In our opinion, very low cash levels indicate a mentality that ignores risk and searches for yield. Cash is a very valuable position in a portfolio and offers the portfolio manager the chance to buy assets at low prices if there is a dip, or rather a downturn in prices.

For instance, assume we are observing a mutual fund that is long-only (which most are) and its portfolio manager is fully invested in an asset class. If prices for the asset class drop, then most of fund’s assets will drop in value and hurt his returns. With no cash he cannot buy into the asset class at these lower prices, without realizing some of his current losses. One should note that the asset class will likely experience increased prices in the future as markets tend to be cyclical, thus allowing the mutual fund to make up some of its losses. However, mathematically, the mutual fund’s initial positions have to increase in price at a greater rate than they declined in price to fully offset the losses, which can be a tall order as the Market is still not at its pre-crisis levels.

Nevertheless, a larger relative cash position allows the fund to hold a position that did not decrease with its other investments. With the fund’s target asset class priced lower, the fund can use its cash balance to buy the asset class at reduced prices. When prices of the asset class increase, the new positions acquired with cash will mitigate the losses experienced during the downturn. In this way, we believe holding a cash balance of at least 5% of assets is imperative, especially for long-only funds which cannot short to hedge against losses. Holding a cash position is responsible and a policy that portfolio managers implement when focused on both returns and risk.

Furthermore, one popular argument by a few institutional investors to justify the current bullish sentiment in the market is that the Federal Reserve (the “Fed”) will not allow the Market to drop substantially. Basically, do not fight the Fed. David Tepper, a very well respected and successful hedge fund manager, was on CNBC at the end of September expressing this view that the Fed will continue to increase liquidity in the various markets via quantitative easing in order to keep asset prices afloat even if the economy experiences a slow recovery or enters into another recession. Thus, the Fed’s intervention has put a floor on how far asset prices may drop in the future and provides investors with some protection.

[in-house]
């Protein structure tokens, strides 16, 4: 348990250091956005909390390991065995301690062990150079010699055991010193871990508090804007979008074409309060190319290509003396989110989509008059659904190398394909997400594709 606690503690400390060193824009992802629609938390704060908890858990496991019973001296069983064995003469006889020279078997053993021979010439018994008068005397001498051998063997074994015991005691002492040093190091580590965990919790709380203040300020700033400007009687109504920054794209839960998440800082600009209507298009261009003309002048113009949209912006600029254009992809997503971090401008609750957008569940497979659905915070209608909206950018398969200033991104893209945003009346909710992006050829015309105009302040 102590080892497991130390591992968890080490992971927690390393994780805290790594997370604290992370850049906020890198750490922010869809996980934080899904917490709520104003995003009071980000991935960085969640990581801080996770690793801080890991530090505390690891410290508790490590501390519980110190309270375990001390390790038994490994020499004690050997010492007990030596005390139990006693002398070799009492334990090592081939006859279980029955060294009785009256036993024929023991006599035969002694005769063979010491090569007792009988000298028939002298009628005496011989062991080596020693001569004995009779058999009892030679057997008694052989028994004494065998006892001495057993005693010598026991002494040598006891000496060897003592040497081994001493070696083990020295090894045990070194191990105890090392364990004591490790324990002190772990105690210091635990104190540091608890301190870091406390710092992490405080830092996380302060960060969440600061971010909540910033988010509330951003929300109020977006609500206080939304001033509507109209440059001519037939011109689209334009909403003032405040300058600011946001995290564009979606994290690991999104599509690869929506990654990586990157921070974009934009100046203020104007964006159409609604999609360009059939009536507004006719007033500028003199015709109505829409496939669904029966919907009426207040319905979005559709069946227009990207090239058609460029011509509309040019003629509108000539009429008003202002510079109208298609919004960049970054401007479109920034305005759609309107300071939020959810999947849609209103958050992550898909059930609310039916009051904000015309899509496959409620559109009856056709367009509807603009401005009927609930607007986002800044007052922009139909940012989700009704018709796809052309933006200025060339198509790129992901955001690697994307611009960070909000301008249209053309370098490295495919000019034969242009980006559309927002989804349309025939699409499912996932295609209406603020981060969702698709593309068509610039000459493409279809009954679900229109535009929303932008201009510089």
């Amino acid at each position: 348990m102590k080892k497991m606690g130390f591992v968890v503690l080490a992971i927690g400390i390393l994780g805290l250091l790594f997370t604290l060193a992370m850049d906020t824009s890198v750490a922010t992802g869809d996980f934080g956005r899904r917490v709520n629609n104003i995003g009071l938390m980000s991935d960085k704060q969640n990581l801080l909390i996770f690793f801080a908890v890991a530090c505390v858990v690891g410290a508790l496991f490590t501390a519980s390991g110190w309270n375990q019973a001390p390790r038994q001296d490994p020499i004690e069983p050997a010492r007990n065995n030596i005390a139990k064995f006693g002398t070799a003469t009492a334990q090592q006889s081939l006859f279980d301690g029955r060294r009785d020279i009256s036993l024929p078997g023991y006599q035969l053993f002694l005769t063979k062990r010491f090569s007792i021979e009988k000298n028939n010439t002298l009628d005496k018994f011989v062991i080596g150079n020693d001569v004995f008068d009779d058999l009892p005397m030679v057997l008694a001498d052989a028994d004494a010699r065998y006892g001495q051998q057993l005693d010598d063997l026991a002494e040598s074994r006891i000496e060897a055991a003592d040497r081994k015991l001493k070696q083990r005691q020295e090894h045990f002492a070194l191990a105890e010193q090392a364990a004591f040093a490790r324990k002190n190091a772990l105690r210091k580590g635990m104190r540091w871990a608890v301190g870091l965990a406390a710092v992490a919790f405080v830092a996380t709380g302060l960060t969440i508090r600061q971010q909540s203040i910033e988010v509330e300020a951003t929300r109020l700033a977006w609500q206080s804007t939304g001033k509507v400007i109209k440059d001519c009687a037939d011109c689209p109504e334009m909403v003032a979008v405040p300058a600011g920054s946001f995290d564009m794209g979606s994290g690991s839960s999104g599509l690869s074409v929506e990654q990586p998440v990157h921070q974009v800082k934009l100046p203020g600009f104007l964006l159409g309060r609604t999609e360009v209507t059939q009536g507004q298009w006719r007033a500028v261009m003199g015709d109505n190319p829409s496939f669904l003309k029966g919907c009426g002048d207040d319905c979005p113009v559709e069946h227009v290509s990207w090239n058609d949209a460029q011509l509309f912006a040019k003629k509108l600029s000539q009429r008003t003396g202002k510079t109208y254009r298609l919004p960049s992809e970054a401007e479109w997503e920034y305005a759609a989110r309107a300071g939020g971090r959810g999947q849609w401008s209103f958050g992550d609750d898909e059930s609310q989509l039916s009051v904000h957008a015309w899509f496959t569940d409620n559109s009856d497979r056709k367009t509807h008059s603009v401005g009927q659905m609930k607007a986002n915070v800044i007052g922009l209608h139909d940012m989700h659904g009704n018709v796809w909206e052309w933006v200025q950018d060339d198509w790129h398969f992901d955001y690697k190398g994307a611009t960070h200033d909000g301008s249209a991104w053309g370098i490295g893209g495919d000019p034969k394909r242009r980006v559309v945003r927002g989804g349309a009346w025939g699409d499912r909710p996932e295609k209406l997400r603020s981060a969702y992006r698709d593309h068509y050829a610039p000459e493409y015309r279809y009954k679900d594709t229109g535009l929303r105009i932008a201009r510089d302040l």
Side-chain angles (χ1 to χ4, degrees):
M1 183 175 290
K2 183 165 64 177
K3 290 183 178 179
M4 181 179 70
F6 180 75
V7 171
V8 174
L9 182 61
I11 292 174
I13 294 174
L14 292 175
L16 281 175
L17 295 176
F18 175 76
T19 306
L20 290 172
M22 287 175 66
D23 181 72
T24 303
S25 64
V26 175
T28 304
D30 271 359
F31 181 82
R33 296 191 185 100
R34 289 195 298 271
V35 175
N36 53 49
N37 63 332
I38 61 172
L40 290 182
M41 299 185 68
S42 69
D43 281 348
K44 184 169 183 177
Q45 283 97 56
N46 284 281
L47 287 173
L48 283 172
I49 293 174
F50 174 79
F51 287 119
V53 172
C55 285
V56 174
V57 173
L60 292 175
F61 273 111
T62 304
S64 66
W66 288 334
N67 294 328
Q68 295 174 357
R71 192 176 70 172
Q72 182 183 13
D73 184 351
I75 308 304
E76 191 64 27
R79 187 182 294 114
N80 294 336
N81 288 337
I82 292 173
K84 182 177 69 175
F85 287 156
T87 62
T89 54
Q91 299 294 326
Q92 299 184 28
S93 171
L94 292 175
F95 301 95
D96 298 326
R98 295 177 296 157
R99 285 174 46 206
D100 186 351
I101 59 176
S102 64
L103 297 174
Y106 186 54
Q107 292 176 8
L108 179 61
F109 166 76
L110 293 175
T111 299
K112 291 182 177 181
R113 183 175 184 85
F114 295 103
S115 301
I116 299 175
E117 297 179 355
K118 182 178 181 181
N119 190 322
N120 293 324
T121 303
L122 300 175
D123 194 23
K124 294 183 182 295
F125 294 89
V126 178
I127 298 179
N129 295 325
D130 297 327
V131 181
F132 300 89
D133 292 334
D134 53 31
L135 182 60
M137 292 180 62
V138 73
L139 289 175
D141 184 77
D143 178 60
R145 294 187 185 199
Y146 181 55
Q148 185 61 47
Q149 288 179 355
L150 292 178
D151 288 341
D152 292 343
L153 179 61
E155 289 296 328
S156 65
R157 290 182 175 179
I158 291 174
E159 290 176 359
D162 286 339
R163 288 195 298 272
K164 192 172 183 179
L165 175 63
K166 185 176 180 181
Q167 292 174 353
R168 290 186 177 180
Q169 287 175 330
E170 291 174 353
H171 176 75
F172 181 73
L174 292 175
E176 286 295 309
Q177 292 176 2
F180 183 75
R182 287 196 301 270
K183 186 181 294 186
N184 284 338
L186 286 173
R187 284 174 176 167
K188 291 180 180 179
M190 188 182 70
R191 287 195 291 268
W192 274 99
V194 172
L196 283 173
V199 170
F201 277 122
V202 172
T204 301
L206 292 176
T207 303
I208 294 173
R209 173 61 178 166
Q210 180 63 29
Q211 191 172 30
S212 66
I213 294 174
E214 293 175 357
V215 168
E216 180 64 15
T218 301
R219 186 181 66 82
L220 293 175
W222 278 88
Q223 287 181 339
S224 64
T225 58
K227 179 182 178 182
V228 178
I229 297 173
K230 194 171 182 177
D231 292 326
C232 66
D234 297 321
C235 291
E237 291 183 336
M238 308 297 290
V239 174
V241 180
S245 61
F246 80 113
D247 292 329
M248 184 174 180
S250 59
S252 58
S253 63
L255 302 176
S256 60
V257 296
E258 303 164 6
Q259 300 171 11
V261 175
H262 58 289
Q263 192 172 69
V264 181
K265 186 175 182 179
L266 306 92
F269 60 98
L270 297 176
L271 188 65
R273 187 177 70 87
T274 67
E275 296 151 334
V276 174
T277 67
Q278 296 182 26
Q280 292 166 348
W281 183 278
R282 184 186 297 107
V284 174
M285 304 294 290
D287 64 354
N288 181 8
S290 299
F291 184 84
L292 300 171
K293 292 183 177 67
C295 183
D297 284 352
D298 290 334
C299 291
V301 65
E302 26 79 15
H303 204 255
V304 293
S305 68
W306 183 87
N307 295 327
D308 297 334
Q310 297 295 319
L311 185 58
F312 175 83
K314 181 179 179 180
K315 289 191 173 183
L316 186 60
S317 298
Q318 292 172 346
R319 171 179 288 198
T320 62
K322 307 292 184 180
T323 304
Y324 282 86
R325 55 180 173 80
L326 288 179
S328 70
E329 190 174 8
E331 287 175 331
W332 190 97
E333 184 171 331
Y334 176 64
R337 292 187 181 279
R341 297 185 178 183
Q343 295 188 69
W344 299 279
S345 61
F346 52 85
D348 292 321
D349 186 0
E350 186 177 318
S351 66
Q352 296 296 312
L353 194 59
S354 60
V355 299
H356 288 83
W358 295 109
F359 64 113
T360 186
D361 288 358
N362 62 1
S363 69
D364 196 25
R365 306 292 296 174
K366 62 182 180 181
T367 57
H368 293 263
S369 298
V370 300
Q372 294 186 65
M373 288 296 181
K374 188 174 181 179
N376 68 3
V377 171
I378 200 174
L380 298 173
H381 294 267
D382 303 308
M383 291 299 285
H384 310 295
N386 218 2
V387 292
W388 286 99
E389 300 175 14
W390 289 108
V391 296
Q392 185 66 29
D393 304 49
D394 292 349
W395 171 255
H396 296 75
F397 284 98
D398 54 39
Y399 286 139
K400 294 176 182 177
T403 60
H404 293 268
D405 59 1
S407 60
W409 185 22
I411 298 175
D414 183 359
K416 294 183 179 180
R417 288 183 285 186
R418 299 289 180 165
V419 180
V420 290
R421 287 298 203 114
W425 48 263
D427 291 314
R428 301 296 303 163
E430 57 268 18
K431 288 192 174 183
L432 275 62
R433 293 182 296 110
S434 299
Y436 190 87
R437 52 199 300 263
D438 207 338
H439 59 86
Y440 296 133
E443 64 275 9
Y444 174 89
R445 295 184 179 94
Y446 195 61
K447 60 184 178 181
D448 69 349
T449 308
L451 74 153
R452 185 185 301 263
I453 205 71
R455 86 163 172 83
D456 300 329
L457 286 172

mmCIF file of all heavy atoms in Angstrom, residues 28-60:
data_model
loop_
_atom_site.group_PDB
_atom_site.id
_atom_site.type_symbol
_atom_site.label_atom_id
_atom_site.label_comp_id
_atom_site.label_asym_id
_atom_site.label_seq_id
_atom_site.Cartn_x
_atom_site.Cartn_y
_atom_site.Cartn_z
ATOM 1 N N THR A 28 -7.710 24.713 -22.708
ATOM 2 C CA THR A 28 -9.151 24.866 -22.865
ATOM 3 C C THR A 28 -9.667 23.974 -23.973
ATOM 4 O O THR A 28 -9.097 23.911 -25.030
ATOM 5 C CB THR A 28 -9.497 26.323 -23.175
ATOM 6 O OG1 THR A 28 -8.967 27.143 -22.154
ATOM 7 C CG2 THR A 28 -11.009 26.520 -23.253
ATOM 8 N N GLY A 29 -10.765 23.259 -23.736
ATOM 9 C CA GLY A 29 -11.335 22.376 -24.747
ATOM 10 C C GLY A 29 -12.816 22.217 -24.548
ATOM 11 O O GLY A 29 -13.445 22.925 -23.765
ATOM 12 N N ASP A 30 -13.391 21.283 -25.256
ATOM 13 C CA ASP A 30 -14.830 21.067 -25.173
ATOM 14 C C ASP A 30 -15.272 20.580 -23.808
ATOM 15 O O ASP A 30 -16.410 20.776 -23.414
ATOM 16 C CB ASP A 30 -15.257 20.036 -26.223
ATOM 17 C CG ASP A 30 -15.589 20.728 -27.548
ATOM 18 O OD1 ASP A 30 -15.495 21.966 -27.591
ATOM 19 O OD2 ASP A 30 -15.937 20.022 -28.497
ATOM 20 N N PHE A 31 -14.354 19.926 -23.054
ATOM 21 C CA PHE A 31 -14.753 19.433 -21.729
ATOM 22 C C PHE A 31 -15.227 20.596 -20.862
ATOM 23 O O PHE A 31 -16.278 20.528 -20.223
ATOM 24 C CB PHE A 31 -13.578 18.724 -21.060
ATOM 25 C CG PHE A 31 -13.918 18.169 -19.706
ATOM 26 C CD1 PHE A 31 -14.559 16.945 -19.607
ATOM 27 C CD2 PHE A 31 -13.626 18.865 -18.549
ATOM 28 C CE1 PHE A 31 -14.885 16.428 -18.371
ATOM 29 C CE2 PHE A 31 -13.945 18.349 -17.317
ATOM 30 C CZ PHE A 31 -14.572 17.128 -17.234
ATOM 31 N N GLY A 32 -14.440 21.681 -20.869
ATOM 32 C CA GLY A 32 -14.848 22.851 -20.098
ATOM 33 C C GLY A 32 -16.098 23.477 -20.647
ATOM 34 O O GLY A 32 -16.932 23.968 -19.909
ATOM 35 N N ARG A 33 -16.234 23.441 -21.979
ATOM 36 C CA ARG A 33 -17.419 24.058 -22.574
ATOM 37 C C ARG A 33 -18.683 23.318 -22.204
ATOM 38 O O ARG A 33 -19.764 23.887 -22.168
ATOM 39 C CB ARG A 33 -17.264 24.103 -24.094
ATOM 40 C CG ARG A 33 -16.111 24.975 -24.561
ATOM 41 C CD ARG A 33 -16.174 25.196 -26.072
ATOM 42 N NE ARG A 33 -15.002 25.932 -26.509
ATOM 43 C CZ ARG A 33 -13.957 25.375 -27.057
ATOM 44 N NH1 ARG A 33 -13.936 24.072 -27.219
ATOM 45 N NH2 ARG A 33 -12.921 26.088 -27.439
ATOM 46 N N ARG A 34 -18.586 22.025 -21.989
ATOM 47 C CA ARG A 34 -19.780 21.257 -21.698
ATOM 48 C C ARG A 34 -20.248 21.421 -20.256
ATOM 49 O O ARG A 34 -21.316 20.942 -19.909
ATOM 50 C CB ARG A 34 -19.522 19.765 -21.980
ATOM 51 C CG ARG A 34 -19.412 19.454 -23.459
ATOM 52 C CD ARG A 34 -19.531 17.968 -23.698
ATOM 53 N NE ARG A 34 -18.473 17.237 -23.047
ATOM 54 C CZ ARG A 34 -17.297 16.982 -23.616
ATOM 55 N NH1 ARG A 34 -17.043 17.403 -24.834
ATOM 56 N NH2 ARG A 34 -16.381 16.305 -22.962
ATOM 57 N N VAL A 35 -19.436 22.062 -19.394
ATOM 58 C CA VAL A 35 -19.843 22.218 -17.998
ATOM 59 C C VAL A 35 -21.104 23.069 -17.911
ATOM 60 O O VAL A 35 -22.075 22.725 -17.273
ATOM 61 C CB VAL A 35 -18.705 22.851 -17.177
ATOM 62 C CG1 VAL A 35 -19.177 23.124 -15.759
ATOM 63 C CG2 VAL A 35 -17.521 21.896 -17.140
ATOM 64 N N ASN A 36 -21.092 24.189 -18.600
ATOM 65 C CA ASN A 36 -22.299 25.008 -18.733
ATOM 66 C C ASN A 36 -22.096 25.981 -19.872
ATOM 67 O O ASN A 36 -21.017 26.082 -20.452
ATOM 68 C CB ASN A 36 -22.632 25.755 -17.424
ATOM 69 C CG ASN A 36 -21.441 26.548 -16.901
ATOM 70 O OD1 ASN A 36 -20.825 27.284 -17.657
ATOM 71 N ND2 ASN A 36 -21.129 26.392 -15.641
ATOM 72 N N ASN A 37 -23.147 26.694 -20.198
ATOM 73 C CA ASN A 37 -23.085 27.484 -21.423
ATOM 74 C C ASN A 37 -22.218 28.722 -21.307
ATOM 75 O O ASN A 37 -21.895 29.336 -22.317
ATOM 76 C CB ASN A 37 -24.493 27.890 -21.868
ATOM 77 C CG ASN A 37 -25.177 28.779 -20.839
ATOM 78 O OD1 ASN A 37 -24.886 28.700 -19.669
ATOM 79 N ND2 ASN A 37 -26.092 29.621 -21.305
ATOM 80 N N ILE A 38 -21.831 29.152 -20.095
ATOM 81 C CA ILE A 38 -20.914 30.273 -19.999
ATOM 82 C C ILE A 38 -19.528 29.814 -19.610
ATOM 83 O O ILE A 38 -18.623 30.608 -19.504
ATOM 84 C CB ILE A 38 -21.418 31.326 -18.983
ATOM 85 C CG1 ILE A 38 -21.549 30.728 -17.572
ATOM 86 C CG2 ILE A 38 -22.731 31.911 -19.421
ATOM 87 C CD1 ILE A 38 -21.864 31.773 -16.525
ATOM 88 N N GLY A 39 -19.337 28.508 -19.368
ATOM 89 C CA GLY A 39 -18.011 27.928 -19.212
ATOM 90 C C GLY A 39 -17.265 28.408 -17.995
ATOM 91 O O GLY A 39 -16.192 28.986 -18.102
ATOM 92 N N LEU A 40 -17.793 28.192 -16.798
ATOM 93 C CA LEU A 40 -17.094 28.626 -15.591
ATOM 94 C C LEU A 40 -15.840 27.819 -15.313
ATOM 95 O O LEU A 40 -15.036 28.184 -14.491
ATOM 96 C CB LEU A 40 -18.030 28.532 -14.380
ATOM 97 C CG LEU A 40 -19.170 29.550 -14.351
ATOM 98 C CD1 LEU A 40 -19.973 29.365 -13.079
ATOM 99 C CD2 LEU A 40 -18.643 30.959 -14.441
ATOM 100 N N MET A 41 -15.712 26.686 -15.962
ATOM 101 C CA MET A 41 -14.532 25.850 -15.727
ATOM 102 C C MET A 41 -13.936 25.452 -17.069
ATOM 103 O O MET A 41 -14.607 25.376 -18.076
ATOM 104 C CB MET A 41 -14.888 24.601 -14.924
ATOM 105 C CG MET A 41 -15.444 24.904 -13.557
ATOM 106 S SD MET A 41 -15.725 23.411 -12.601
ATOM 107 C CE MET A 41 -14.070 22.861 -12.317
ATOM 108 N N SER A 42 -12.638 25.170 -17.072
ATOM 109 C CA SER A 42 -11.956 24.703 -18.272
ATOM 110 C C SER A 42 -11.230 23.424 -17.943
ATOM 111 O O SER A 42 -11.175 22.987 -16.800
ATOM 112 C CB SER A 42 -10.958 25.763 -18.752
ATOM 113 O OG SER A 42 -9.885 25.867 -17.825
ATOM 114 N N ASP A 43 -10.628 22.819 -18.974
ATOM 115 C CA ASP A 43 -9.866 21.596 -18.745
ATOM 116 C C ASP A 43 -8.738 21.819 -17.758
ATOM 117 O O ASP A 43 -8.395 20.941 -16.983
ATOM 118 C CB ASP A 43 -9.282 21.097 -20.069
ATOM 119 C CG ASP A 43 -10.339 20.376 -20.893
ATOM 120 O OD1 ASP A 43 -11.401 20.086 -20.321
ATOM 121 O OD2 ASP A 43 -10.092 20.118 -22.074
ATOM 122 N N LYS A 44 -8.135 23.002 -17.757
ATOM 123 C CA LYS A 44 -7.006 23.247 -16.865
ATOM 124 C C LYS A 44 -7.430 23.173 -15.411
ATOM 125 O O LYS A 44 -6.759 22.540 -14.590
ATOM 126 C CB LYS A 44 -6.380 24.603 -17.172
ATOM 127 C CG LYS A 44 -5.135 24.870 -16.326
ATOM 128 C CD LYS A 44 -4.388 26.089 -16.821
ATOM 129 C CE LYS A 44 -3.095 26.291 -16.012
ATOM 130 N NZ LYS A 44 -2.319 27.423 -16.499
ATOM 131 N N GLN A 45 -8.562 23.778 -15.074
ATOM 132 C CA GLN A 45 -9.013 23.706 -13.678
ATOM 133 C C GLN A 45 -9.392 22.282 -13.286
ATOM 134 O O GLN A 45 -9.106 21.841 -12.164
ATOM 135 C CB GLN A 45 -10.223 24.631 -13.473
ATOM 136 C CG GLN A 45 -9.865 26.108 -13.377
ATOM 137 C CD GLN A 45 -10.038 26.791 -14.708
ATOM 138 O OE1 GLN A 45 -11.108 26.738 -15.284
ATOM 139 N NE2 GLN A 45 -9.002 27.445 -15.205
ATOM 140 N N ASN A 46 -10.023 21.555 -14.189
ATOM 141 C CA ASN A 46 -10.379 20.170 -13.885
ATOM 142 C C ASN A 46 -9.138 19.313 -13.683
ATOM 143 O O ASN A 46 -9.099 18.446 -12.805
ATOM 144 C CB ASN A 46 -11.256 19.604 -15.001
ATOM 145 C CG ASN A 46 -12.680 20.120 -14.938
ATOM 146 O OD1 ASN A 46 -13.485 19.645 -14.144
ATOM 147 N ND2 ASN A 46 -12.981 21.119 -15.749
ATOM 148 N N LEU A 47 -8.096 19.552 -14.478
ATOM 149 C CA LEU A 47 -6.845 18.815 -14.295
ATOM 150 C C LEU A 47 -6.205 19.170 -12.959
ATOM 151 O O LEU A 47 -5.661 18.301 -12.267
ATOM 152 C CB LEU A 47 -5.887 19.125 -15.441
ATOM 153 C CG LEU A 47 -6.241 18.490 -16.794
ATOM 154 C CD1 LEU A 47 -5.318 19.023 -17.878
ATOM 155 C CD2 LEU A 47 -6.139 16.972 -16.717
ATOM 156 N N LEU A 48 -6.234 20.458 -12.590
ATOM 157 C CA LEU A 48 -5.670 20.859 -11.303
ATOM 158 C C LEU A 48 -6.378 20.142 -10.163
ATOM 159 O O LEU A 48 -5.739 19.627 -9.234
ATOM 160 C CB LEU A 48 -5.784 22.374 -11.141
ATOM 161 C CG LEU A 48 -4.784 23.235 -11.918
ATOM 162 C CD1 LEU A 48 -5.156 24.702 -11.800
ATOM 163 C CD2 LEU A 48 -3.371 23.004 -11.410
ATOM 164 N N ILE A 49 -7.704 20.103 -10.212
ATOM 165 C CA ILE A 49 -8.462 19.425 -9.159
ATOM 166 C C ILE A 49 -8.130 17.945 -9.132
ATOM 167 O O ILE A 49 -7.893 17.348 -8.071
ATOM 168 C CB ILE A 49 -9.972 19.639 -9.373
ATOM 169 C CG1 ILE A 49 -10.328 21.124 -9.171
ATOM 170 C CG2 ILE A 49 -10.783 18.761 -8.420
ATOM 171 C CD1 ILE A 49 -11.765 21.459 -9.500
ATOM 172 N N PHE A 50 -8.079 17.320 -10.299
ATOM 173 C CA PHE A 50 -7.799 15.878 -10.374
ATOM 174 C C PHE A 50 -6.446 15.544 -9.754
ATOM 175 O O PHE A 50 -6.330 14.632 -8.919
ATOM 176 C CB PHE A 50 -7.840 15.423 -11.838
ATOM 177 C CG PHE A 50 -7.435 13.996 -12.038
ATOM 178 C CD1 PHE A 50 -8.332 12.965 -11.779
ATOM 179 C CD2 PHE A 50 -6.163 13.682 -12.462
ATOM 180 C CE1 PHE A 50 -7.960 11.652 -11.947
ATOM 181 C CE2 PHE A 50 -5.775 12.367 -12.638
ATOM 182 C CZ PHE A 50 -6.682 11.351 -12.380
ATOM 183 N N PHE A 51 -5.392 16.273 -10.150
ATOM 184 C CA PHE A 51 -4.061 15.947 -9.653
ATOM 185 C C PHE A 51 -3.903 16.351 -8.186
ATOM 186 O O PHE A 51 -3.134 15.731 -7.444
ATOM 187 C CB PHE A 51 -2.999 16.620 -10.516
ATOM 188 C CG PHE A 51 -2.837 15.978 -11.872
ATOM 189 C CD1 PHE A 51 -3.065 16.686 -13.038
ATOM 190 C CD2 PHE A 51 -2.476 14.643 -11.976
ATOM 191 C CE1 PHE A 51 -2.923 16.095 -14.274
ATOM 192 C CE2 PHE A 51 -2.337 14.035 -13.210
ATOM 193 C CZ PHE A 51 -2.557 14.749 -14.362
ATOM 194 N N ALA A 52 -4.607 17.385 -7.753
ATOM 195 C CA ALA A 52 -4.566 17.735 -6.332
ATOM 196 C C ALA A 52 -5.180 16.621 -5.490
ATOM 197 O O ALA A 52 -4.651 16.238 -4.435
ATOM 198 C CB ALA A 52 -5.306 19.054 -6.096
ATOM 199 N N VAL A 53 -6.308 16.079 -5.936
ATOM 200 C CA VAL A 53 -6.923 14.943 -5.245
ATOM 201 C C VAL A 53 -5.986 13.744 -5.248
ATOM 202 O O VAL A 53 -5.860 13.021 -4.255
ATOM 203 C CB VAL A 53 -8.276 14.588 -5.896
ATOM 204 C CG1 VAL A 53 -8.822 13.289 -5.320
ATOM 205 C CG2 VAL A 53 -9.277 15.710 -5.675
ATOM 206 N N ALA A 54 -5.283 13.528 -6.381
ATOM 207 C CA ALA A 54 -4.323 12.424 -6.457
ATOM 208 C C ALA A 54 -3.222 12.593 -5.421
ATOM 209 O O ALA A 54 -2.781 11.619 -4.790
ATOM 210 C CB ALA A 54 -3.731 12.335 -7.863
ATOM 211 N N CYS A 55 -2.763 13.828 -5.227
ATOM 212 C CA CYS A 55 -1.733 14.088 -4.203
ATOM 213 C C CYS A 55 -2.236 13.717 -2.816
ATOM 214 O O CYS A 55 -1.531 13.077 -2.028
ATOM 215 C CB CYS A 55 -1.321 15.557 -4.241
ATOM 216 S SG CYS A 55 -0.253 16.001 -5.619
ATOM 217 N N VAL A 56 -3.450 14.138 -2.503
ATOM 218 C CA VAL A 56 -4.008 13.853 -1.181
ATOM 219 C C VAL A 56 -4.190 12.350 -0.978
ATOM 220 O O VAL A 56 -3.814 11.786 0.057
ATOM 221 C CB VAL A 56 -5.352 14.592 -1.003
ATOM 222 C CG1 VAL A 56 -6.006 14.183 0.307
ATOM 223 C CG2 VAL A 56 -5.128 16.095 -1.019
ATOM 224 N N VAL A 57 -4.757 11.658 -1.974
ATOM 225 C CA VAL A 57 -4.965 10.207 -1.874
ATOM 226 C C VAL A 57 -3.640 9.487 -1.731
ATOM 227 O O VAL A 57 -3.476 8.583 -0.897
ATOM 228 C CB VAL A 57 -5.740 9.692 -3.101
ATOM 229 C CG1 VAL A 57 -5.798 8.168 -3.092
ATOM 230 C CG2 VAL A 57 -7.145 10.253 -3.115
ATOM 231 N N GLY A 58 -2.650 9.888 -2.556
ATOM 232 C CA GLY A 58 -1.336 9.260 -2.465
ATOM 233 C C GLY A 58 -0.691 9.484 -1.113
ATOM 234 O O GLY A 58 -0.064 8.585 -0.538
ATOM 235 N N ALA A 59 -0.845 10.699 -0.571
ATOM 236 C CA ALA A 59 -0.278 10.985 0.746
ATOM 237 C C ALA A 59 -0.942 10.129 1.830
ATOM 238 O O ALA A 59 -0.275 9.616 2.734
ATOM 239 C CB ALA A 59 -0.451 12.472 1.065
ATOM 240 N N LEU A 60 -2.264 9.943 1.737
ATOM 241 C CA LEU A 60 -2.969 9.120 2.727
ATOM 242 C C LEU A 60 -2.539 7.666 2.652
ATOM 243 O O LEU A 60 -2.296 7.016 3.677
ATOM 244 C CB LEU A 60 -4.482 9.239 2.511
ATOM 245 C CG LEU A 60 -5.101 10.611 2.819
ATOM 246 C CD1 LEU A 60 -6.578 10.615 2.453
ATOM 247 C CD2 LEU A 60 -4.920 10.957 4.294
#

This argument depends on quantitative easing being an effective tool and that remains extremely debatable (and outside the scope of this piece). Moreover, this argument bears a very strong resemblance to the notion, which has repeatedly come up during the 20th century, that the U.S. has managed to overcome the downward fluctuations of the business cycle (a piece to consider on this topic). As we know, every time that claim has been made by someone, it has been proven incorrect. Besides having history on our side, we do not believe that the Fed is large enough to successfully implement a floor on Market prices during a period of panic and fear. Furthermore, the Fed’s balance sheet is already loaded with risk assets and its tools at this point in the game are rather limited. Through out the history of equity markets regulators have continued to implement rules and laws to prevent bubbles and downturns, yet we still experience them. As long as greed and fear exist as human emotions, market and business cycles will continue to persist.

On the individual level, we have noticed the same bullish sentiment that has been seen at the institutional level. This bullishness of individual investors is illustrated in the chart below, which depicts the weekly results of the American Association of Individual Investors (“AAII”) individual investors’ sentiment survey. The period covered in the chart begins 1/6/2005 and ends 11/24/2010.

Historically, there have been instances where very bullish sentiment preceded significant Market downturns. We believe the current bullishness is not justified by the current risks, which will be detailed on Friday, and the operating fundamentals of the companies. As seen above, market participants appear too focused on returns and not on the preservation of capital. Nevertheless, such optimism does not guarantee a downturn in the very near future, but it is another reason to be cautious, especially if the Market’s price continues to increase.


To be continued on Friday with more analysis on risks and some basic steps one can take to protect himself.

Disclosure: No Positions